Beef Magazine is part of the Informa Markets Division of Informa PLC

This site is operated by a business or businesses owned by Informa PLC and all copyright resides with them. Informa PLC's registered office is 5 Howick Place, London SW1P 1WG. Registered in England and Wales. Number 8860726.

What's Up, Mac?

Article-What's Up, Mac?

John Hayes was on the road all summer. He continues to spread the word McDonald's Corp. is still relying on U.S. beef producers to supply its restaurants nationwide and even much of its growing export market. Hayes, McDonald's senior director of U.S. food and packaging, Chicago, IL, admits his company's decision to evaluate the use of imported beef was thought about long and hard. McDonald's knew

John Hayes was on the road all summer. He continues to spread the word — McDonald's Corp. is still relying on U.S. beef producers to supply its restaurants nationwide — and even much of its growing export market.

Hayes, McDonald's senior director of U.S. food and packaging, Chicago, IL, admits his company's decision to evaluate the use of imported beef was thought about long and hard. McDonald's knew it would face heat from ranchers after announcing plans to test the use of beef from Australia and New Zealand in 400 stores in the southeastern U.S.

Hayes recently discussed his company's decision with BEEF magazine, and he stands firm that McDonald's is not abandoning the U.S. beef industry.

BEEF: On the surface, the story seems simple enough — McDonald's growth has outpaced this country's ability to supply enough cull cows to fill your demand for lean hamburger beef. Is it that simple?

Hayes: No, it's not that simple. Since the late 1970s, the number of McDonald's restaurants in the U.S. has grown from 1,500 to more than 13,000. We feed 23 million people each day in the U.S. alone and use 1 billion lbs. of beef each year in this country.

This growth comes at a time when cow slaughter is down significantly. In the late '70s, the U.S. processed 10 million cull cows each year. Today, we will process about 5.4 million cull cows.

But that's not significant enough to get McDonald's to consider different ways of sourcing product. Cattle cycles have come and gone, and McDonald's has not considered this type of change ever before.

BEEF: So, what else is going on that's more significant than just the supply of beef product from cull cows?

Hayes: Not only does the decline in numbers come in the face of huge increases in demand by McDonald's and our competitors, but consumer demand for retail lean ground beef has escalated dramatically. Today, 50% of red meat is consumed in ground form. Gone are most of the roasts and the other cuts that have become more difficult to market. Convenience is being defined as ground beef — and no longer is it 75% lean.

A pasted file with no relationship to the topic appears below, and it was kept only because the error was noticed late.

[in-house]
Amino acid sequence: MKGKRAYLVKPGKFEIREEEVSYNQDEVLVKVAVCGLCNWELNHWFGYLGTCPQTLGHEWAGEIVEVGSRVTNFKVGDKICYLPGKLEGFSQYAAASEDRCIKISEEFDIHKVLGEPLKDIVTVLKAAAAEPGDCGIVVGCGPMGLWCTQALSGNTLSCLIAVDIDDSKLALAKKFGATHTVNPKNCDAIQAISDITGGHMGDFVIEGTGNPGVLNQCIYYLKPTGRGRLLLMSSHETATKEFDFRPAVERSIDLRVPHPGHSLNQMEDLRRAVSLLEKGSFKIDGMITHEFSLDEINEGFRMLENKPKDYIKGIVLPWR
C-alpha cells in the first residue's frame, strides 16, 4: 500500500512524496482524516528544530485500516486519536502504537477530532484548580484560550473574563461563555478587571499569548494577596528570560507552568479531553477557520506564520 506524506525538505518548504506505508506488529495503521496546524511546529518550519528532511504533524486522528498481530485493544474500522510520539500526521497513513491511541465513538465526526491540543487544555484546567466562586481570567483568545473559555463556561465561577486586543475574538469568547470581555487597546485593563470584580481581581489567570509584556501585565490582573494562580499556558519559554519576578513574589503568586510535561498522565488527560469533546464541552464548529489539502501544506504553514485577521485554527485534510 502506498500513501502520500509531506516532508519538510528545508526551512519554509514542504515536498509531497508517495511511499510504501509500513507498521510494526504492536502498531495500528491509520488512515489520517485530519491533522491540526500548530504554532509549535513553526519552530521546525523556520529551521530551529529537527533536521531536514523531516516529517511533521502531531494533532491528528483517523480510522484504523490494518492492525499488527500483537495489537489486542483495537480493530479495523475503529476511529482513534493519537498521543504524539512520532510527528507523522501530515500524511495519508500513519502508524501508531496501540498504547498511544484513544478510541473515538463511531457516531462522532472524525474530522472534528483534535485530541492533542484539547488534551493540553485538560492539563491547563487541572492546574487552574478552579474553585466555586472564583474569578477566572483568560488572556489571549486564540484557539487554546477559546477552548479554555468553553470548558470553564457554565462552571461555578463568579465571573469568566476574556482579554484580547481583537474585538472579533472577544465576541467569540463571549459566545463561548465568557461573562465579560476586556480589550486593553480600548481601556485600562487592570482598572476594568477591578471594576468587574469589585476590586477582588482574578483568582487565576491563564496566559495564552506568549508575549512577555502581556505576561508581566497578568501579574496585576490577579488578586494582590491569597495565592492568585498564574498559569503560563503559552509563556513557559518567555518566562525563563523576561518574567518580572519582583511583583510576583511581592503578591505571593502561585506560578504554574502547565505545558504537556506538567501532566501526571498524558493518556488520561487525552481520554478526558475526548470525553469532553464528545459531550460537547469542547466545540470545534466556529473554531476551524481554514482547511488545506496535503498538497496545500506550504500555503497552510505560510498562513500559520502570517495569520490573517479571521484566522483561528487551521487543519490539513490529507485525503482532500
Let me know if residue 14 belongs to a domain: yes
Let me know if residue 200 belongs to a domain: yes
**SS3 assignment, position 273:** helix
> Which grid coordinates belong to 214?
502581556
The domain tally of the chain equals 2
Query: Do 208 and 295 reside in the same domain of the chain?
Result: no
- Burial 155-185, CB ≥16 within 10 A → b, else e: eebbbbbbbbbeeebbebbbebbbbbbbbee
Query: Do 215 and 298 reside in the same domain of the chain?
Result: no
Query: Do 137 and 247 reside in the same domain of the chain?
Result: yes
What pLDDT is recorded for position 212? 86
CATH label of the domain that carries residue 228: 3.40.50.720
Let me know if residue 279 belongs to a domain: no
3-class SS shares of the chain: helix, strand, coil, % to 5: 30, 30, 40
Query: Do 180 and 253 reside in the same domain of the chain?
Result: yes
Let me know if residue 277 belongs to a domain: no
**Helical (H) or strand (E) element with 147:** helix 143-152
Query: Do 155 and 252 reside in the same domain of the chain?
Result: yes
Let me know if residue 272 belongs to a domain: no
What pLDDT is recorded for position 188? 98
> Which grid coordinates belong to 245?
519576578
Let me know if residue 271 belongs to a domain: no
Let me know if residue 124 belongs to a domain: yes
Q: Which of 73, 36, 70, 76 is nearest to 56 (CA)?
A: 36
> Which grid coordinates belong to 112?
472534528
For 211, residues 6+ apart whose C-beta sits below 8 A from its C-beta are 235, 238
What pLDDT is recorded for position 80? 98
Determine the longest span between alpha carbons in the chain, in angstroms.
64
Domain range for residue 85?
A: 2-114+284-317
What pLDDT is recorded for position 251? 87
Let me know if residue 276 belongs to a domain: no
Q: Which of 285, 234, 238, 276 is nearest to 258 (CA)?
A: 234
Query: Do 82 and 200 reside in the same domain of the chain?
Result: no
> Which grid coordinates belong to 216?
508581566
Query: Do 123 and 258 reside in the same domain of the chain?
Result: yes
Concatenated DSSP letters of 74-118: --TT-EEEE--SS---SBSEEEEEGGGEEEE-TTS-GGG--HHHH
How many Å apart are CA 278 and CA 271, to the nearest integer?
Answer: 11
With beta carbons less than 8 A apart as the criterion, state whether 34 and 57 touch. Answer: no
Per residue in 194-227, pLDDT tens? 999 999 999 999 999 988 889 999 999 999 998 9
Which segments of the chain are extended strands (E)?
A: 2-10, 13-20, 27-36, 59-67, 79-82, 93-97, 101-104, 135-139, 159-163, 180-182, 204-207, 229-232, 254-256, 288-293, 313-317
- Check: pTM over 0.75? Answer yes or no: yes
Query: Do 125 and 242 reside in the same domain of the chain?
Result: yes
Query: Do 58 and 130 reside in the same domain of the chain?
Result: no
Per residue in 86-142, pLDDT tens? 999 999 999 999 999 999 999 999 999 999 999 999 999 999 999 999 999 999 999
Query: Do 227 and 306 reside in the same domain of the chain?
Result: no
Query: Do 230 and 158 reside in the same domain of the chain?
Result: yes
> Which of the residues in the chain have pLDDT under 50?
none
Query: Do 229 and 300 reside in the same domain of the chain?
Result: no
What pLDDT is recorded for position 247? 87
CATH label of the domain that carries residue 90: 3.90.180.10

How do you cope with a market in which consumers want 95% lean ground beef but the entire structure of the beef industry is designed to reward more heavily marbled animals?

Historically, the quick-service restaurant industry has offered consumers 60% cull-cow beef and 40% fed-beef trimmings. What used to be a by-product — cull-cow beef — is now becoming a premium product in the retail sector.

BEEF: If that's true, why aren't ranchers getting paid more for cull cows?

Hayes: What we're both facing is the poverty of the markets. Cheap grain prices have increased protein availability at unprecedented levels. That, combined with certain events like Russia closing its borders to dark chicken meat, has caused a glut of protein. And we all know the pork sector has overproduced for years.

So at the very time I'm telling you about shortages, at the very time I'm telling you your product is becoming a scarce commodity, you're wondering why ranchers aren't doing better. The reason is because this overabundance of protein has put a cap on the entire protein complex marketplace.

Right now, our message to ranchers is that we must do something different — we need a new system based on what our consumers want in a very lean ground beef product. I know it all can't come from cull cows. I know we have to do some things differently. By both of us understanding the problem, solutions will eventually come out.

First though, we all have to get this tremendous glut of protein behind us.

BEEF: We hear criticism within the beef industry that McDonald's decision to import beef means you're lowering your food safety standards.

Hayes: Nothing could be further from the truth. McDonald's has a global brand to protect. Food safety, food quality and wholesomeness are paramount to us. We'd never compromise our standards for any reason. Whether we get our beef overseas or domestically, we subscribe to the exact same quality controls and certification standards.